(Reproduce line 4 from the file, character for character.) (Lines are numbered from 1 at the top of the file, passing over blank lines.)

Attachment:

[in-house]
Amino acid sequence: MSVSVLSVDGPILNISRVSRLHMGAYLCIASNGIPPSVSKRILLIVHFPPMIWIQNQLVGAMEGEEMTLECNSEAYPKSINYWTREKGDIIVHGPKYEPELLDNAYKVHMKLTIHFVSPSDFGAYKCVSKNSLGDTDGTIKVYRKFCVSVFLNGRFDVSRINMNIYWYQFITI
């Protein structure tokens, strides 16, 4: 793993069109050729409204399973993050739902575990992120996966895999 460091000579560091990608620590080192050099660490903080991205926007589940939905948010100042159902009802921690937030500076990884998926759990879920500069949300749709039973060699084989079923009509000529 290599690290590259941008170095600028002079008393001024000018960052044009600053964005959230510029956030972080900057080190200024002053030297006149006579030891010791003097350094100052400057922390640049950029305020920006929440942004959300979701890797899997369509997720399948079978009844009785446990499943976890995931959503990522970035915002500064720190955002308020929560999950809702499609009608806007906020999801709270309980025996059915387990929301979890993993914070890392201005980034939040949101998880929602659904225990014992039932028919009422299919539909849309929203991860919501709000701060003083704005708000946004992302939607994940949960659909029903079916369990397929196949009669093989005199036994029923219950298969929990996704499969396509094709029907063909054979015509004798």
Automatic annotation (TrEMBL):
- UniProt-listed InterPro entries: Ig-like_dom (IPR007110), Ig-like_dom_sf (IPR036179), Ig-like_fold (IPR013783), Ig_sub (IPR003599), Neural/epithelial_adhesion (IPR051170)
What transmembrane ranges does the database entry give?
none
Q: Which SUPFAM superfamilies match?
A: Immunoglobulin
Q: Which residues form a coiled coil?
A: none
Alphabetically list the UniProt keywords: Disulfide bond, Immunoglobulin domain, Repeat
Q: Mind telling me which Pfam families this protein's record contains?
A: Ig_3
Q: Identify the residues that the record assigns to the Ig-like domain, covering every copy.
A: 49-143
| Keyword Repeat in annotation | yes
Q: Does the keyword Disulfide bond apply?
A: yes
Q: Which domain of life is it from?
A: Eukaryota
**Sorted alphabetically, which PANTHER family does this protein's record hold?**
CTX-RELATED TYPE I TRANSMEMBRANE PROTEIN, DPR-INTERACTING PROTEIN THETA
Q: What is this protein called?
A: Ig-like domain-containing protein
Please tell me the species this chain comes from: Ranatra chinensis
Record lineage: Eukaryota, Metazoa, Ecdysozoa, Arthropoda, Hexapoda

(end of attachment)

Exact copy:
Automatic annotation (TrEMBL):